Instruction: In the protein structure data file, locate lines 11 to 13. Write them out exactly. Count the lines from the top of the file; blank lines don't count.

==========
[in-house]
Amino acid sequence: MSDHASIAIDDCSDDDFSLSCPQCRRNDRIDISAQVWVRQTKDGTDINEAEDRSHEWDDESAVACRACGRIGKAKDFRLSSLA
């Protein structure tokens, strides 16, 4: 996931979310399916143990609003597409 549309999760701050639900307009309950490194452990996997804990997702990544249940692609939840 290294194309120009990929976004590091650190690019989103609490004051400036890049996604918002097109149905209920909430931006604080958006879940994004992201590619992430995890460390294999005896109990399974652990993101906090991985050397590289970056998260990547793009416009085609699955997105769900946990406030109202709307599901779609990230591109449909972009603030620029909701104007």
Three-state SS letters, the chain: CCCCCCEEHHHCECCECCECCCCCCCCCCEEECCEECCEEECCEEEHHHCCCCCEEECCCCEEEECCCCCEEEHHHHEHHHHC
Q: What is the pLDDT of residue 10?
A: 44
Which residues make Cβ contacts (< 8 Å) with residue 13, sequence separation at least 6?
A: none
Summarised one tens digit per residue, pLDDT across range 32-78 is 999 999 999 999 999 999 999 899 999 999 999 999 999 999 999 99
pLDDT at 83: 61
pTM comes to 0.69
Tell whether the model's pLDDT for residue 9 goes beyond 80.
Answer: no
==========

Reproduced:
pTM comes to 0.69
Tell whether the model's pLDDT for residue 9 goes beyond 80.
Answer: no